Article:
At Experian, one of our priorities is consumer credit and finance education. This post may contain links and references to one or more of our partners, but we provide an objective view to help you make the best decisions. For more information, see our Editorial Policy.
In this article:
Your credit card's annual percentage rates (APRs) can impact how much you pay in interest on different types of transactions. APRs are often variable rather than fixed, and they can change depending on a few factors. Understanding how and why a card's APR could change can help you avoid paying interest or limit how much you pay.
How Does APR Differ for Loans and Credit Cards?
With credit cards, the annual percentage rate is synonymous with the card's interest rate. It can help you understand how much interest you'll pay if you carry a balance or get a cash advance. However, it doesn't account for the card's fees or how long it takes you to repay a balance.
In contrast, an APR on a loan depends on its interest rate, repayment term and lender fees. Comparing APRs on loan offers can be helpful because a loan with a low interest rate might wind up costing you more overall if the lender charges high fees. Many loans carry fixed interest rates, meaning your interest rate and monthly payment stay the same for the lifetime of the loan.
Credit cards typically have three variable APRs—one each for purchases, balance transfers and cash advances. The APRs you receive will depend on the card, a benchmark rate and your creditworthiness when you apply. Most credit card APRs are variable and can change over time.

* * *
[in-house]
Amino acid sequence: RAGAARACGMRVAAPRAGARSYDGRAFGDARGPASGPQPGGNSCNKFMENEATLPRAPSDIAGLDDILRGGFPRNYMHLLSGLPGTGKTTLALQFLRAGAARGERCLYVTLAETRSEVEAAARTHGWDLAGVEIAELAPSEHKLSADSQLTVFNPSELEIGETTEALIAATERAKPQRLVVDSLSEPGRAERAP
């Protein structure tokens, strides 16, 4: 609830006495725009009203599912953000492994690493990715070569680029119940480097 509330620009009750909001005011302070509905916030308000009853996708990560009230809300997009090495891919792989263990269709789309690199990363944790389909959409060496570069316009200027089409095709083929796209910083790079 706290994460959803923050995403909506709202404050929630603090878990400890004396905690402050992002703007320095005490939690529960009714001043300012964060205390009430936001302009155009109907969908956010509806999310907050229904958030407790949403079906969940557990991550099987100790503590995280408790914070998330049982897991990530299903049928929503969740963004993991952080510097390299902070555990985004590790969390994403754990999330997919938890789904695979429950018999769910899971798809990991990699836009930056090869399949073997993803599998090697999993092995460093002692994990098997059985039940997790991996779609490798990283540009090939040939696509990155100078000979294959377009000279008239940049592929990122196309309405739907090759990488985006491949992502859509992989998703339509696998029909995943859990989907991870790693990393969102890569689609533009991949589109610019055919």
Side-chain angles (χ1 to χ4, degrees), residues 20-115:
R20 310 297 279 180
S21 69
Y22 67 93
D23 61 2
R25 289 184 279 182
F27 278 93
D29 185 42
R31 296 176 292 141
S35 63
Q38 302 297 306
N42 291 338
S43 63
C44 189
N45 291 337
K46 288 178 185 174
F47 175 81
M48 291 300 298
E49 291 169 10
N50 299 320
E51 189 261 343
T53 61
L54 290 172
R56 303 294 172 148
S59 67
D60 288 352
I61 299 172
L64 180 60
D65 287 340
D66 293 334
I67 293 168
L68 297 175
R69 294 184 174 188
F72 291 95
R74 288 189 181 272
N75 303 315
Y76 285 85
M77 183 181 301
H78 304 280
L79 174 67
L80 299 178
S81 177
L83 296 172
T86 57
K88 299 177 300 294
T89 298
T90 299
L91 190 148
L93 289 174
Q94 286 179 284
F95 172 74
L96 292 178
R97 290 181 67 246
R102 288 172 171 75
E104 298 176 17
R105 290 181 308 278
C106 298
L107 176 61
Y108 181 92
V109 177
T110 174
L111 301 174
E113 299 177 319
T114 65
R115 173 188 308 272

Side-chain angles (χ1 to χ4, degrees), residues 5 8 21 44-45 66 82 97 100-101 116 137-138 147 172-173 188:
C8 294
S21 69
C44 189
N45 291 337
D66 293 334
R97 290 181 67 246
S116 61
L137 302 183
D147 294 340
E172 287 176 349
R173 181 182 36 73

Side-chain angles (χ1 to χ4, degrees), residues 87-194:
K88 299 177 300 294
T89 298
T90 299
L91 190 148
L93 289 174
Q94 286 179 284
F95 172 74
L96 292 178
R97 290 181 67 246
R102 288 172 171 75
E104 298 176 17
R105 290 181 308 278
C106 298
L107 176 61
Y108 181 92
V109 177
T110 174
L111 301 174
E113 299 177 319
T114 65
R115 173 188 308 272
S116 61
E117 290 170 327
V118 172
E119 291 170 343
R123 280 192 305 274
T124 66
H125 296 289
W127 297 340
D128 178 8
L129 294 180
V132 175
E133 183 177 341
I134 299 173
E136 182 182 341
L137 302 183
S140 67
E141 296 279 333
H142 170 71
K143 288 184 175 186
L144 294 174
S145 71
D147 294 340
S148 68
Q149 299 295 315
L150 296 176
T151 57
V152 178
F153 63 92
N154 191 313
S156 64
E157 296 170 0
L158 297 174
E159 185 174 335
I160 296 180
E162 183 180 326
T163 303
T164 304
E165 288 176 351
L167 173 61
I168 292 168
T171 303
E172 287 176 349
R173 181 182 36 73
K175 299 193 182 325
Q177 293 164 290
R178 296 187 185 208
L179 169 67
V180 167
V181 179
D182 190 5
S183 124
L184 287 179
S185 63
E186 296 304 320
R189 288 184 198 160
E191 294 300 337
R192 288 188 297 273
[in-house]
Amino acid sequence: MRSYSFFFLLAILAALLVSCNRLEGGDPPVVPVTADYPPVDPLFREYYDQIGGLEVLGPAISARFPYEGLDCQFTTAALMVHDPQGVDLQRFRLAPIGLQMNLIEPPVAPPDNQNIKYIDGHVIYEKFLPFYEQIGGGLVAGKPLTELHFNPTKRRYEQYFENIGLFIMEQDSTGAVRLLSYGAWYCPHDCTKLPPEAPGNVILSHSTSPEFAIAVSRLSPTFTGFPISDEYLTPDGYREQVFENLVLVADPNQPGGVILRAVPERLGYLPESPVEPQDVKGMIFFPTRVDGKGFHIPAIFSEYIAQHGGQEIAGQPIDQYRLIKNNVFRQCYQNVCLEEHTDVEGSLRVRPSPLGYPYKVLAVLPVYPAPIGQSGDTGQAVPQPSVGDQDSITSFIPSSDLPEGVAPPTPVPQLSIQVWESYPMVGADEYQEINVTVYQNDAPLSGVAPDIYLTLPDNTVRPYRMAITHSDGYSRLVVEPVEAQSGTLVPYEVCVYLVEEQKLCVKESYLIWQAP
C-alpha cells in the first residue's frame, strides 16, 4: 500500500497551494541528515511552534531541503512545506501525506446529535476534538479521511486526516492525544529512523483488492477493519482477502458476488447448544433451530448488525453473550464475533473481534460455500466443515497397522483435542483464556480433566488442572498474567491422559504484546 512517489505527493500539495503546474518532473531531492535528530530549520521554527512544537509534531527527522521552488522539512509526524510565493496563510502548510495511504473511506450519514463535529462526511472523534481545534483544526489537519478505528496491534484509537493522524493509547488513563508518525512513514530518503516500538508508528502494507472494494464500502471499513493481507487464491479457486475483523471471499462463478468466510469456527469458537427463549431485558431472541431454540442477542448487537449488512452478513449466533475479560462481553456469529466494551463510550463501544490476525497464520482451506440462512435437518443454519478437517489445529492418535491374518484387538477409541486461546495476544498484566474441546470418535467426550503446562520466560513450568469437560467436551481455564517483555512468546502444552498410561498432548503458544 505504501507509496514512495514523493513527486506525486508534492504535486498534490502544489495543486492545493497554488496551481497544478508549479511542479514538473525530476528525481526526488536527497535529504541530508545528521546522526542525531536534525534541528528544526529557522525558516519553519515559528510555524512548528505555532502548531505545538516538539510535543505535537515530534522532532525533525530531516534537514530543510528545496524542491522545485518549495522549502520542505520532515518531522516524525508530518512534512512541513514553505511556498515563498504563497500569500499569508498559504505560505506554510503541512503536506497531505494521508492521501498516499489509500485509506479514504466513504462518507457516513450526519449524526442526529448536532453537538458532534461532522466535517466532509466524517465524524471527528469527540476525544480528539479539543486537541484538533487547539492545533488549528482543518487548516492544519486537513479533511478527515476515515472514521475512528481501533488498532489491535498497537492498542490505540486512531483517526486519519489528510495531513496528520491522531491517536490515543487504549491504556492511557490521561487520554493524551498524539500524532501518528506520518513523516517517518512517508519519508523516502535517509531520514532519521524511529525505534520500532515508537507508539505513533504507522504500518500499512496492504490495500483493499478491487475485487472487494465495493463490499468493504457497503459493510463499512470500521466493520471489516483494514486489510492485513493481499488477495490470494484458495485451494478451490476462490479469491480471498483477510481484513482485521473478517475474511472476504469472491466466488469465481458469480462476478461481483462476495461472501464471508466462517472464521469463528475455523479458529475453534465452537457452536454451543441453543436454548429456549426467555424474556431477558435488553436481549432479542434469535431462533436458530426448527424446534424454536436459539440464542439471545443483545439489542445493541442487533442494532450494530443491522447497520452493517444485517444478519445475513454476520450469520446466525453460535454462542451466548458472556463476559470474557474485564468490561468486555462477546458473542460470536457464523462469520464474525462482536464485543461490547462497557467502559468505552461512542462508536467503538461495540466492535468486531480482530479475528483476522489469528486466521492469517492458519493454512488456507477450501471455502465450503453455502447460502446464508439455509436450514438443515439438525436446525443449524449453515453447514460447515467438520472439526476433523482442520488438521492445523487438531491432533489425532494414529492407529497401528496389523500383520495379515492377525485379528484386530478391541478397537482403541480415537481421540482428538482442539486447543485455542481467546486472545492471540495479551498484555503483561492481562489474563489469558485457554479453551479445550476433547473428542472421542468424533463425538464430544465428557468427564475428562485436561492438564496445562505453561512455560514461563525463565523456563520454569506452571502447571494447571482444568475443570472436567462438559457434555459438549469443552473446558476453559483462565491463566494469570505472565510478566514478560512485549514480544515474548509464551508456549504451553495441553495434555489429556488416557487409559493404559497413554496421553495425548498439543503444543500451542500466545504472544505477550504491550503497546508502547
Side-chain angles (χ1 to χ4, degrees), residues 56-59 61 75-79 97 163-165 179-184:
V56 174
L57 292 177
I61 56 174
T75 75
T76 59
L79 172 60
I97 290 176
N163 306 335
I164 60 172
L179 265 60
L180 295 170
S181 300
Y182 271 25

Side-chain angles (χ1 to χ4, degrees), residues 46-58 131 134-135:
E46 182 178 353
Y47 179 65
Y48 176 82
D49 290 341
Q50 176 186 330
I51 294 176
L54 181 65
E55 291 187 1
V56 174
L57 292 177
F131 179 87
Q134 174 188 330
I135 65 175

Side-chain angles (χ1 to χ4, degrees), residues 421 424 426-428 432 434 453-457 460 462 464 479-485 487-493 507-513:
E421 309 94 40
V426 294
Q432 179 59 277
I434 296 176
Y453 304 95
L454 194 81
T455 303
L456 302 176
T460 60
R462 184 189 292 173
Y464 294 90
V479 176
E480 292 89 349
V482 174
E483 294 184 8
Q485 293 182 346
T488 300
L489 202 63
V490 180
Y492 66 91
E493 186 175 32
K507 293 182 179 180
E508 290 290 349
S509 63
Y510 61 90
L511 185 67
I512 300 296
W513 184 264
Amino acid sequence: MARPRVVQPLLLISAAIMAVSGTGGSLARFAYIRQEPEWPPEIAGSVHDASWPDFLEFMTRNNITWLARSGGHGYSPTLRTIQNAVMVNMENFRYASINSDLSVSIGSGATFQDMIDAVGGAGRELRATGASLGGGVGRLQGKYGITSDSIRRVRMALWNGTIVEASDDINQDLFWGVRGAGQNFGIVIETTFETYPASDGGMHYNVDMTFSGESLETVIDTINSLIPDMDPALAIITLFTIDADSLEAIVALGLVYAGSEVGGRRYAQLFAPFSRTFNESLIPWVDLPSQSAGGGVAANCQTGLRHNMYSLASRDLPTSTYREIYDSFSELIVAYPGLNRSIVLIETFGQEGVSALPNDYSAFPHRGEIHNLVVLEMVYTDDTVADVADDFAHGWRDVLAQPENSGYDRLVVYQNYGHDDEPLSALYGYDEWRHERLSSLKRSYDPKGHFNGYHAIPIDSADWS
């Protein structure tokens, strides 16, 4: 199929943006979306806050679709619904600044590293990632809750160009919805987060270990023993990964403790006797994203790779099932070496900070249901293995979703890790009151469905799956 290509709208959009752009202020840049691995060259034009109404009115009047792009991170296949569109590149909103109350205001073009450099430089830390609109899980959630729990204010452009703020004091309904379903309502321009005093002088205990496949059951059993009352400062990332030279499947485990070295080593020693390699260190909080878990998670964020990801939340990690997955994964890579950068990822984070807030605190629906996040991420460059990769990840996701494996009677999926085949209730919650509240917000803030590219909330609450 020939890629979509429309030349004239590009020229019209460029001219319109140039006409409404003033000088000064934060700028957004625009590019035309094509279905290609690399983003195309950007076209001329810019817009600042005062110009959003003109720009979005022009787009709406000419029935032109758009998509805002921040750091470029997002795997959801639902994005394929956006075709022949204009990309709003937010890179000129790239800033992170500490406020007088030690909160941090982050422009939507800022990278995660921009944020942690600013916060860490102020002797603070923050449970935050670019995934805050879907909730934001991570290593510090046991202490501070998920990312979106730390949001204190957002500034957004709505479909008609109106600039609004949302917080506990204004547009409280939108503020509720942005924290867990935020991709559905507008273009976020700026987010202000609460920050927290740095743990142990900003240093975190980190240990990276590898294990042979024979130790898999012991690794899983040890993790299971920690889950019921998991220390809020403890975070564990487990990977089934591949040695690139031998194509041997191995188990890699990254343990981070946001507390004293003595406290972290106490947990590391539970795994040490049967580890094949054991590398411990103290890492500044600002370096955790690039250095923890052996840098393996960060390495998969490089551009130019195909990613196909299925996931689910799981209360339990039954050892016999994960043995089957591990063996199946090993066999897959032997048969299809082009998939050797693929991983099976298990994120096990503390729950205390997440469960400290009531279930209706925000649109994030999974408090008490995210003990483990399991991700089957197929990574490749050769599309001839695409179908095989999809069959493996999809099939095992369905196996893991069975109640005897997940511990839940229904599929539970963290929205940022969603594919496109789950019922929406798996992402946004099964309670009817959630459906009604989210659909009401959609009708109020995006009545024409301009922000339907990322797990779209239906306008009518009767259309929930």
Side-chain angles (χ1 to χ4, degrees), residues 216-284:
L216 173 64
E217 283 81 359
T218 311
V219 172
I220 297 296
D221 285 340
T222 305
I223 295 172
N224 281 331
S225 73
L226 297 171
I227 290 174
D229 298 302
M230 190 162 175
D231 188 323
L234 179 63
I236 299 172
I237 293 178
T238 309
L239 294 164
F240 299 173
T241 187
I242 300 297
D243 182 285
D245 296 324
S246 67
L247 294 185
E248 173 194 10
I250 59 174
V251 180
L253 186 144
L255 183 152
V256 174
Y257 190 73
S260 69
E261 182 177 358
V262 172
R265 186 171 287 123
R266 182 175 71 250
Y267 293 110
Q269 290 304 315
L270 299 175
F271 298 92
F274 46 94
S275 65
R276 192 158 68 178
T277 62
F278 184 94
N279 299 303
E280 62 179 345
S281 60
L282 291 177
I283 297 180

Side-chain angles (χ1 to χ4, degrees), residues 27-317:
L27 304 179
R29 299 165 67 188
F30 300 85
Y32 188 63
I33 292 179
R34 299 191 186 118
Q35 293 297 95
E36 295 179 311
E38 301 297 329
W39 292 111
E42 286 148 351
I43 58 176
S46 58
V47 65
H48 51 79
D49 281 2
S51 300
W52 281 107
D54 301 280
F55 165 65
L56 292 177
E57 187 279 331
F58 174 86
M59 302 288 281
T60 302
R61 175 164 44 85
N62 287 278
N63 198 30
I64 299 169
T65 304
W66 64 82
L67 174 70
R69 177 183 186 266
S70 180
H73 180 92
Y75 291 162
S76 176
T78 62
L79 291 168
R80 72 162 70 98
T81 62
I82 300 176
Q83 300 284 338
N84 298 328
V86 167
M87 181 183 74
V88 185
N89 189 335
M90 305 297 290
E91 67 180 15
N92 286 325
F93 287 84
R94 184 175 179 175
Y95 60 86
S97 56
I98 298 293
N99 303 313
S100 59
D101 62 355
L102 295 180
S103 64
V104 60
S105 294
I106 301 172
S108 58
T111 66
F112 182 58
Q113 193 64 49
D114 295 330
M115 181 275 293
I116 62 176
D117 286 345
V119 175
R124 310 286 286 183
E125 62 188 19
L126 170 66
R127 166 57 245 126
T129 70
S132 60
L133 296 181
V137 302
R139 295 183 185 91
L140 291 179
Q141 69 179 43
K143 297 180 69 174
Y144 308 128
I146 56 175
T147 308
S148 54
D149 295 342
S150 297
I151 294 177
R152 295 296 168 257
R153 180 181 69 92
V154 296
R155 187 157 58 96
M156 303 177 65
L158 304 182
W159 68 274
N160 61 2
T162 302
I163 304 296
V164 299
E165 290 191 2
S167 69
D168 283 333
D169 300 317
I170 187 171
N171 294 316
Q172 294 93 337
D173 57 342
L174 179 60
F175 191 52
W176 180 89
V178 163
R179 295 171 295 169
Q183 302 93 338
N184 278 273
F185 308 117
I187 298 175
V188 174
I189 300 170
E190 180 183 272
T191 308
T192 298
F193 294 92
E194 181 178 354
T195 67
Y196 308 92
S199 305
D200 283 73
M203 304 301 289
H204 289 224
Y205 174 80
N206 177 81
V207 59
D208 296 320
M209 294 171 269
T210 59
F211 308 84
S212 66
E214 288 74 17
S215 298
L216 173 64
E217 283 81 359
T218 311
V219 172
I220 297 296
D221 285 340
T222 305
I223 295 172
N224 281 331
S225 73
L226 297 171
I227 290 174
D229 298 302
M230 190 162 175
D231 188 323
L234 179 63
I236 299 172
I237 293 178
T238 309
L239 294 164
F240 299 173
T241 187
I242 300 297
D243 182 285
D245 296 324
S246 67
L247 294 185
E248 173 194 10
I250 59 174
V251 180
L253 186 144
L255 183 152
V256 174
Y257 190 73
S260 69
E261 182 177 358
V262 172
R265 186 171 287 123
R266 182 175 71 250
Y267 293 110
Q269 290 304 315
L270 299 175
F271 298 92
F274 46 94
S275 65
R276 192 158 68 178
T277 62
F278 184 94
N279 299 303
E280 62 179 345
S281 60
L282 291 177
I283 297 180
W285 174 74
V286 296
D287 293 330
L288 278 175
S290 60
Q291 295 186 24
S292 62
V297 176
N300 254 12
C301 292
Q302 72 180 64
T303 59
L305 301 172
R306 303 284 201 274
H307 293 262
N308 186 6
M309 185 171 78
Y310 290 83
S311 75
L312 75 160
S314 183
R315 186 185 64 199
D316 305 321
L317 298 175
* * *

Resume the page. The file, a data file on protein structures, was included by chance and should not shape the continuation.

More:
What Can Cause Your Credit Card's APR to Increase?
Your credit card's APRs can change for a variety of reasons. Some of these are completely out of your control, but others depend on how you use your credit card or manage your account.
- The prime rate changes. Credit cards' variable APRs are the sum of two rates: a base benchmark rate—often the prime rate—and a second rate that depends on your creditworthiness. When the benchmark rate changes, your card's APR will rise or fall as well, and the new APR can apply to your existing balance.
- A promotional period ends. Credit cards may offer low- or no-interest promotions. For example, you might get a balance transfer credit card that gives new cardholders an introductory 0% APR on balance transfers for the first 15 months. (There are also intro offers for 0% APR on purchases, and 0% APR on both balance transfers and purchases.) The APR changes to the standard APR and applies to the remaining balance once the promotional period ends. Missing a payment could also lead to the early termination of a promotional rate.